By Tristia Hennessey, eLearning Developer

How user engagement is tracked for XR

When XR experiences are created using a game engine like Unity or Unreal Engine, the experience is created using a combination of visual elements and code. The code that is scripted to create certain interactions can be adjusted in a way that sends information to an LRS – Learning Record Store. As a result, it’s imperative to be thinking as early as possible in the design phase about what types of information to track. We’ll get to more of that in the next section.

Here’s the basic flow of user engagement tracking for XR learning experiences:

Understanding your objectives – what user inputs to track?

Understanding user tracking for XR can be overwhelming, simply due to the sheer amount of data that is available. Data collected is typically most valuable when it focuses on the key points or events in your VR learning experience. Consider what decisions your user must make and what milestones or achievements they accomplish when taking a training, whether it be physical interaction, completion time, order of operations, or other criteria. Those tasks, events, decision points, and interactions can provide valuable insight into learner understanding, knowledge retention, and user experience.

Consider how you will be using the data. Some important questions to ask (and document) early on:
• What will stakeholders want to know?
• What are your learning objectives and how do you plan to accomplish them using a XR solution, over a different modality?
• How do these learning objectives tie into larger organizational goals?
• What makes XR the better modality for this content?
• What interactions are you expecting of learners while they take the training?
• Do you plan on having different modes of play, like a teach mode or tutorial, versus a test mode?
• What can bring understanding into possible design improvement?
• What can bring insight into better user experience?
• How do you plan on storing, managing, updating, and presenting the data?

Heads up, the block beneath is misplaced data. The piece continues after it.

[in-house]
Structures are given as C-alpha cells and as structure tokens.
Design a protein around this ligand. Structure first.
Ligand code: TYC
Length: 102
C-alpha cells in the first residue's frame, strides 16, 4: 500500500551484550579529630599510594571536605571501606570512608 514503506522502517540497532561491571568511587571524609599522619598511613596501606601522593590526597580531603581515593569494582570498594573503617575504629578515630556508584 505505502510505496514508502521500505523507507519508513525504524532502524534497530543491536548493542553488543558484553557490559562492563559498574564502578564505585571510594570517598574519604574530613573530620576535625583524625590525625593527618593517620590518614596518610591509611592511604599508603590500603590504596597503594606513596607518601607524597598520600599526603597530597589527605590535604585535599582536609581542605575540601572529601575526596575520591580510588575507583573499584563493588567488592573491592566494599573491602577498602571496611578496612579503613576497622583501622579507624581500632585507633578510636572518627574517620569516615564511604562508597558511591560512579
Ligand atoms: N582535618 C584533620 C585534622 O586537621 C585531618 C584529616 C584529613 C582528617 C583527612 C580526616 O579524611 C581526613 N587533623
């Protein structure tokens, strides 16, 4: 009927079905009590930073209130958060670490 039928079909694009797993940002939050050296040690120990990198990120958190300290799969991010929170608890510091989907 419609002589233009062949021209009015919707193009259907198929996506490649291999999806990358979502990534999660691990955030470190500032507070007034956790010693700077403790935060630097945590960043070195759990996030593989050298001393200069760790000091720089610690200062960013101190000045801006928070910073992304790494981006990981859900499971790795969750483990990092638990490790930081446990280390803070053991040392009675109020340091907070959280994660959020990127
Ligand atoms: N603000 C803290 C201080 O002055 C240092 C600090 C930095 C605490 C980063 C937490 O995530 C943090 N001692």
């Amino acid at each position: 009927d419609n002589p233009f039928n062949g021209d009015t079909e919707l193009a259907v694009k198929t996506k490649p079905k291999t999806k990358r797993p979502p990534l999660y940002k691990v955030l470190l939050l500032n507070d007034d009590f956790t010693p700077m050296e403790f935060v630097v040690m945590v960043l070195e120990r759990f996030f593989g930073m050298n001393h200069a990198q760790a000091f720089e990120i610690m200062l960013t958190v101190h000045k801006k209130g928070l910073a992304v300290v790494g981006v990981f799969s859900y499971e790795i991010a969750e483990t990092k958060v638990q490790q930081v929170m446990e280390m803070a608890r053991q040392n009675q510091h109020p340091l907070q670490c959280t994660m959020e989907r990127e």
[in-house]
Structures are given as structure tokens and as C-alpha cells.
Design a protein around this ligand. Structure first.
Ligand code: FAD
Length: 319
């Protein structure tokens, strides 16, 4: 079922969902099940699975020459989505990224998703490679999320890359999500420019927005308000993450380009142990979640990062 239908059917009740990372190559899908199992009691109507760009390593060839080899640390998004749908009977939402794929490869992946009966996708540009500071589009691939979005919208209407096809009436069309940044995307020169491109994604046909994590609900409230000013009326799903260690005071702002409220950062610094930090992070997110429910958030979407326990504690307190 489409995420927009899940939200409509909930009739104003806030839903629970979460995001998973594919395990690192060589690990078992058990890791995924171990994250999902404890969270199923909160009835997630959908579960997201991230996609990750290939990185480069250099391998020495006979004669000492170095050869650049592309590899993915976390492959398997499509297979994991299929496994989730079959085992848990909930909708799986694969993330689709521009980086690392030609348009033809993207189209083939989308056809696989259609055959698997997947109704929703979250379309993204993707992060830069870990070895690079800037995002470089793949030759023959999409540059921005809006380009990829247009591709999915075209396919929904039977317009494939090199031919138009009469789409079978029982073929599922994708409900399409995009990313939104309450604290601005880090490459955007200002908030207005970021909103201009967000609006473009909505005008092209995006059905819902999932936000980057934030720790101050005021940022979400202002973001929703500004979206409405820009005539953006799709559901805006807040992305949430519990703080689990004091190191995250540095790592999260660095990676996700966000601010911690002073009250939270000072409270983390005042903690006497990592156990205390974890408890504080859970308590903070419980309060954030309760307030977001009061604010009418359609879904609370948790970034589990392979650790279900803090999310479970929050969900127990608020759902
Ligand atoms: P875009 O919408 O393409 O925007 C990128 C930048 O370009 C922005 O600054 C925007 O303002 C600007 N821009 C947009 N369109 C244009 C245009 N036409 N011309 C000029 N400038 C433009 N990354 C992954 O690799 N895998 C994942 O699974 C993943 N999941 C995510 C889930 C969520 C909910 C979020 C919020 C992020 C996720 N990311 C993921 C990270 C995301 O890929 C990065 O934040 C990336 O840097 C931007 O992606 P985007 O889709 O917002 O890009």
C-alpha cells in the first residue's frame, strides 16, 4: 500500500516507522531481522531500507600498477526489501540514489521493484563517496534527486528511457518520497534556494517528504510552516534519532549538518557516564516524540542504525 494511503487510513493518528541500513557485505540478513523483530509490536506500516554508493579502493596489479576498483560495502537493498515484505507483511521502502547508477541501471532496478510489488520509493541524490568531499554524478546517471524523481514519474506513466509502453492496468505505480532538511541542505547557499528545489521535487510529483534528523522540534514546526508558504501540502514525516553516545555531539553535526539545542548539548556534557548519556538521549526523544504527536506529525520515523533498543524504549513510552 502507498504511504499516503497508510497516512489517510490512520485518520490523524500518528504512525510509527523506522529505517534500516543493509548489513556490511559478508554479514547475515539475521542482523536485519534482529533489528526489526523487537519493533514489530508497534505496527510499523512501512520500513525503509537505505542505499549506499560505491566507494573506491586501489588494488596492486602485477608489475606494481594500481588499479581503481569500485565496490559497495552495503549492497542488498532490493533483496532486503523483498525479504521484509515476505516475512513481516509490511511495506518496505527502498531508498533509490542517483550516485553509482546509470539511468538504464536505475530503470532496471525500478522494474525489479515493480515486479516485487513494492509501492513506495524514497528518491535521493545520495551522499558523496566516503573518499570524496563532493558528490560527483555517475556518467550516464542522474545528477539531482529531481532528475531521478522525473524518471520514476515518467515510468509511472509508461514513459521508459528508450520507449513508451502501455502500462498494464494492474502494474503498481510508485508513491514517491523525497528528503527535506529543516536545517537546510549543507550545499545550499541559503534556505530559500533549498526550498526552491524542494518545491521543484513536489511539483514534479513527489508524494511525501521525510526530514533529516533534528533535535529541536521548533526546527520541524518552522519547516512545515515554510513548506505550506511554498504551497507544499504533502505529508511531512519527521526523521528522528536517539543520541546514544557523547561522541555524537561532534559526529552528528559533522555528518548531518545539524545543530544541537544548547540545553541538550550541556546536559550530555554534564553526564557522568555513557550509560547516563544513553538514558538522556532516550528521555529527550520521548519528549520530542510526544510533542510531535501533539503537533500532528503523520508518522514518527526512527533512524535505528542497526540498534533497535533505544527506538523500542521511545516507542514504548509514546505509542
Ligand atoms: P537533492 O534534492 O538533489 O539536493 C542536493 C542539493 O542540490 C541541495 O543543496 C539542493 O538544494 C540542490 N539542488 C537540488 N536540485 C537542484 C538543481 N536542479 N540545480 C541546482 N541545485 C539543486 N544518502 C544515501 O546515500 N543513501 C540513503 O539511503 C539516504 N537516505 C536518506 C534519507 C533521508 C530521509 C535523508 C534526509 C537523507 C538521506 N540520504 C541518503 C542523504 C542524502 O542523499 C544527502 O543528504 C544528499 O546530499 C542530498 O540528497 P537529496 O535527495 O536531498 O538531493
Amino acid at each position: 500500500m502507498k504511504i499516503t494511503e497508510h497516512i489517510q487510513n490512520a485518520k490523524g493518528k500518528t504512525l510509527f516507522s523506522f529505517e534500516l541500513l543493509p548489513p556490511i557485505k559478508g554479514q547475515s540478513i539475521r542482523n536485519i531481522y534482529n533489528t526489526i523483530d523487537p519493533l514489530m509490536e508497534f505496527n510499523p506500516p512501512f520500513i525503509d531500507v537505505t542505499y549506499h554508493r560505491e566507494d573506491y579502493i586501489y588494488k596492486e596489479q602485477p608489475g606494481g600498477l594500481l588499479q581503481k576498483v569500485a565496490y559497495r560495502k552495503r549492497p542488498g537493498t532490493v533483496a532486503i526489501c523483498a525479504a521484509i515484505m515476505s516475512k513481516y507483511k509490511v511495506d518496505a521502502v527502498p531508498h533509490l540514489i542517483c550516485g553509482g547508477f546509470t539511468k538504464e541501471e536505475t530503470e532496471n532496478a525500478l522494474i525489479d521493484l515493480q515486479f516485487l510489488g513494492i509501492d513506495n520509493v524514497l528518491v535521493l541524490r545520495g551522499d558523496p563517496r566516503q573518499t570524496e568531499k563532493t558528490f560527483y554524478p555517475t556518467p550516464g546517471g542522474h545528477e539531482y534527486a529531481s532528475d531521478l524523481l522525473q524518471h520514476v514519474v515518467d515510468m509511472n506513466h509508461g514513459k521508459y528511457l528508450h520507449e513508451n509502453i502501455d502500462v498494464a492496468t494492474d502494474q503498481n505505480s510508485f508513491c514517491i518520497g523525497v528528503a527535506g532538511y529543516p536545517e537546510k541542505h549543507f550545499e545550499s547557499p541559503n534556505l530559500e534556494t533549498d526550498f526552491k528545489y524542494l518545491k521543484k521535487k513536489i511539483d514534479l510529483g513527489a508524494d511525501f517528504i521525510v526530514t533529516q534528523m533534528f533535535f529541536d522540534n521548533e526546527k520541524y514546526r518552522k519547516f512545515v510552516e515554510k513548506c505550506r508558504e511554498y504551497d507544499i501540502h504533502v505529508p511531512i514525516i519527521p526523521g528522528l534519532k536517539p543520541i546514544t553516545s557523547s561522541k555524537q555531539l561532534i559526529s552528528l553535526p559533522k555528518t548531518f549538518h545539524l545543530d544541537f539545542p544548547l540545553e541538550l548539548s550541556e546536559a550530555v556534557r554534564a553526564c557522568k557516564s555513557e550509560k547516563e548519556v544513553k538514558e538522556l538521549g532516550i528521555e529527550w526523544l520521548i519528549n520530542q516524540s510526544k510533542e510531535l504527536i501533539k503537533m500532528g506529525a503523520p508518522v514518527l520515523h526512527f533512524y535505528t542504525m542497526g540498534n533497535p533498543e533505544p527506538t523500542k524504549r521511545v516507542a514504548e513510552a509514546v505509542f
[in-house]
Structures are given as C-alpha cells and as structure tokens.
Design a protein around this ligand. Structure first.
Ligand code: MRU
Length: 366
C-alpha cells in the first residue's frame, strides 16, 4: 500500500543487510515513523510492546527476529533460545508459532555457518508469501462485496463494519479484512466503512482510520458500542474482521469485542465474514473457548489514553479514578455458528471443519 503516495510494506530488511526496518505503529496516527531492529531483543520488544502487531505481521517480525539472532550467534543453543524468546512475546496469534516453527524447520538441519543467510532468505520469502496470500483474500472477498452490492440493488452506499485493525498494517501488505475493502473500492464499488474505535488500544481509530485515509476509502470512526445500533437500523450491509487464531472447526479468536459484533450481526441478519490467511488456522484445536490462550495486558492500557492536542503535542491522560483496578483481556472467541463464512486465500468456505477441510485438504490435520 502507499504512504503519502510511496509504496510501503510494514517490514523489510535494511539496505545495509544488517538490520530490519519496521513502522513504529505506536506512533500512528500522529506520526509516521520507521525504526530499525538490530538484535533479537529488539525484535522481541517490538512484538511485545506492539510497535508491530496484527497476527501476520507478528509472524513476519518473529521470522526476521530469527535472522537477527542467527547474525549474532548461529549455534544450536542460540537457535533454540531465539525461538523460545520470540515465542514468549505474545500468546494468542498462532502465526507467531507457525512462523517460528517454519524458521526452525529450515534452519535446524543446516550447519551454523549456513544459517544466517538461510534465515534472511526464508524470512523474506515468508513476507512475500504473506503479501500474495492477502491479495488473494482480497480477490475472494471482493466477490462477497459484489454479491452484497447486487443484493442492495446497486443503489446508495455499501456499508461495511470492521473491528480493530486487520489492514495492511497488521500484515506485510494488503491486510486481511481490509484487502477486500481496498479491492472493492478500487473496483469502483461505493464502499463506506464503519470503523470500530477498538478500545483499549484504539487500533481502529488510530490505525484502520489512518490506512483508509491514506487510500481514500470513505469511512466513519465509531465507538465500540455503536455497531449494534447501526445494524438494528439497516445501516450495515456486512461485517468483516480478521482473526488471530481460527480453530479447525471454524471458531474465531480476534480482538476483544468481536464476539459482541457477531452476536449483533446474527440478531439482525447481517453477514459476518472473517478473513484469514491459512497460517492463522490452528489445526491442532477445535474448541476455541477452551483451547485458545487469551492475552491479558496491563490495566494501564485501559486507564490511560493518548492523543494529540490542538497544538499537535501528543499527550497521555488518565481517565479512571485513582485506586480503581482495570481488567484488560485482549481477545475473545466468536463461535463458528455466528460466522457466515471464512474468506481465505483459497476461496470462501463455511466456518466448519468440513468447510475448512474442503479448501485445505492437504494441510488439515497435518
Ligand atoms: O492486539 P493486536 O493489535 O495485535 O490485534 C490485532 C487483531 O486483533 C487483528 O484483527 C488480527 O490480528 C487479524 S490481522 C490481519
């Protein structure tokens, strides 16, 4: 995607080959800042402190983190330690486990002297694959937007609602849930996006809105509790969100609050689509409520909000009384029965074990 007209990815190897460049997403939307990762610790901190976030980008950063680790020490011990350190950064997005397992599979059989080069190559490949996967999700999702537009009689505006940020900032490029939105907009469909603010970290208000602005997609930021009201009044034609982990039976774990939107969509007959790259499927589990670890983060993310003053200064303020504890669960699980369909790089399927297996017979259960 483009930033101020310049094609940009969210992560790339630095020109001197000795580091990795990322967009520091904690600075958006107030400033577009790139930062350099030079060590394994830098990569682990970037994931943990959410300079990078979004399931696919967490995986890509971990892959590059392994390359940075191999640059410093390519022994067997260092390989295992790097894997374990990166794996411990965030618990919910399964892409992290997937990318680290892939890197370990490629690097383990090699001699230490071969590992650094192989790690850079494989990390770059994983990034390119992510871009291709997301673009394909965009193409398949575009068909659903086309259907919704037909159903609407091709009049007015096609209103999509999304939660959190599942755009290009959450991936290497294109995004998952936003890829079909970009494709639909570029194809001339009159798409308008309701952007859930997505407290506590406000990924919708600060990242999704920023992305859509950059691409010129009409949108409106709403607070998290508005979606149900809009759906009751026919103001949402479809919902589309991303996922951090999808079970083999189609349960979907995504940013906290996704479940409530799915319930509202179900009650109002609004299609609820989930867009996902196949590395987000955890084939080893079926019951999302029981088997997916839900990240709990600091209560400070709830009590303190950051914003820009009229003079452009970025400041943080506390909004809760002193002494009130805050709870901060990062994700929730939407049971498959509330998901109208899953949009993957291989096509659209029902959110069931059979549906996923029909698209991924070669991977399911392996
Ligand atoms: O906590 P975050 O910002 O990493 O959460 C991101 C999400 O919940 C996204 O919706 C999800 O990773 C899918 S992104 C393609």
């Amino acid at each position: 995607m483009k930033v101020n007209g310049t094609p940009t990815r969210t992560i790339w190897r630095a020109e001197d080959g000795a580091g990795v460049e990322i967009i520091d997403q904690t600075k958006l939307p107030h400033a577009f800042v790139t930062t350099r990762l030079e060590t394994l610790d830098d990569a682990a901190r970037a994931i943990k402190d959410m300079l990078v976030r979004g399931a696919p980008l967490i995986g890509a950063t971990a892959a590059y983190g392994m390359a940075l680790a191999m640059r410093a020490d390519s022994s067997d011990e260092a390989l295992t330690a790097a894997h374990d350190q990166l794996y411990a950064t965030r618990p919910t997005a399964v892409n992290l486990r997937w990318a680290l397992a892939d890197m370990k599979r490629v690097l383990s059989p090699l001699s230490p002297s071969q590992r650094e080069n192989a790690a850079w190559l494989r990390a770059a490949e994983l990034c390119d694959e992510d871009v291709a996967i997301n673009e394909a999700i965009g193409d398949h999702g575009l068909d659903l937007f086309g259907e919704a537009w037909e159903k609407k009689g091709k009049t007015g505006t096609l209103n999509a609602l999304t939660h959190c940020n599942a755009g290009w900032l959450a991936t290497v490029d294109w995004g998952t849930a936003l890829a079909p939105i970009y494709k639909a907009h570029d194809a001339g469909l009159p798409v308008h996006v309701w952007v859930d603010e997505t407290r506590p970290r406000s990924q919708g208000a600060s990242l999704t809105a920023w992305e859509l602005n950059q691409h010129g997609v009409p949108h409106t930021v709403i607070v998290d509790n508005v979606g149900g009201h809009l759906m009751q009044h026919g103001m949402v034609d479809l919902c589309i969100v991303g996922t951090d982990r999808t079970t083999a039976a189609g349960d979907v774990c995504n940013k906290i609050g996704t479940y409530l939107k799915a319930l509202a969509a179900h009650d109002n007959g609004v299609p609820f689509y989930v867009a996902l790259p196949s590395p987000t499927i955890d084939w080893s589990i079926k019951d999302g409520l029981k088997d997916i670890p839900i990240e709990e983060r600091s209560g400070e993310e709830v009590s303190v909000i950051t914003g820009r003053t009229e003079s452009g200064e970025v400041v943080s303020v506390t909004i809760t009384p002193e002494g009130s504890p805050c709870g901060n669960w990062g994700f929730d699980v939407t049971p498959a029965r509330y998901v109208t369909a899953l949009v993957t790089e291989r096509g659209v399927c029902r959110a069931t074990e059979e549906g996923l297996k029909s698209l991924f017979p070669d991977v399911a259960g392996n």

xAPI basics

What is xAPI? “The Experience API (xAPI) is a web service that allows for statements of experience (typically learning experiences, but they could be anything) to be delivered to and stored securely in a Learning Record Store.
Above quote from

xAPI can get very complex and track incredibly detailed data, but it works on simple principles. All xAPI statements are pieces of code which contain (at least):
• An “actor” – code that identifies the person interacting, or their user profile at least);
• A “verb” – what they are doing: depending on the medium, that may be accessed, experienced, clicked, answered, looked, read, touched, picked up, completed, jumped, dropped, etc.;
• An “object”, which might be another actor but is usually, especially in learning experiences, going to be an activity identifier of some sort, whether the name of the learning experience itself, or some possible interaction therein.
After those three core components to the xAPI statement structure, more complex data can be captured using “Context” and “Results” components in the statement.

The whole experience (generally) goes as follows: A person interacts with some information – whether video, eLearning, simulation, XR experience, website, etc., that interaction is tracked by some application, data about that interaction is sent to an LRS (Learning Record Store) which makes the data available. The LRS receives, stores, and returns data to the user as needed. The administrator can then use the LRS to sort user data and export reports directly. Often however, an LRS is paired with an LMS (sometimes they are integrated and part of the same vendor offer, sometimes they are separate but made to integrate with complimenting systems). The LMS typically has features for hosting courses, ordering learning objects into curriculums, as well as user profiles and progress, which is some of the information communicated by the LRS.

Implementing & Testing

Fortunately, you don’t need to be a coding wizard to build xAPI statements – chances are, your XR developers will be able to assist in coding statements into your XR learning experience, and on top of that there are various resources like free and paid for xAPI statement builders which generate the code for you based on options you choose. Of course, this needs to be added to your project and tested to make sure it works properly.


The advantages and learning opportunities from tracking the right kind of user data are definitely not limited to learning in VR or AR learning experiences. xAPI can be integrated into all kinds of digital content to help you better understand your learners and the efficacy of your learning programs. There’s a small learning curve for a great potential benefit, and you don’t have to do it alone. There are a wealth of xAPI educational tools and guides online (like the YouTube series from Learning Dojo, or guides from, to help you navigate implementing xAPI into your project, including free LRS for testing purposes, like Essentials LRS from Watershed.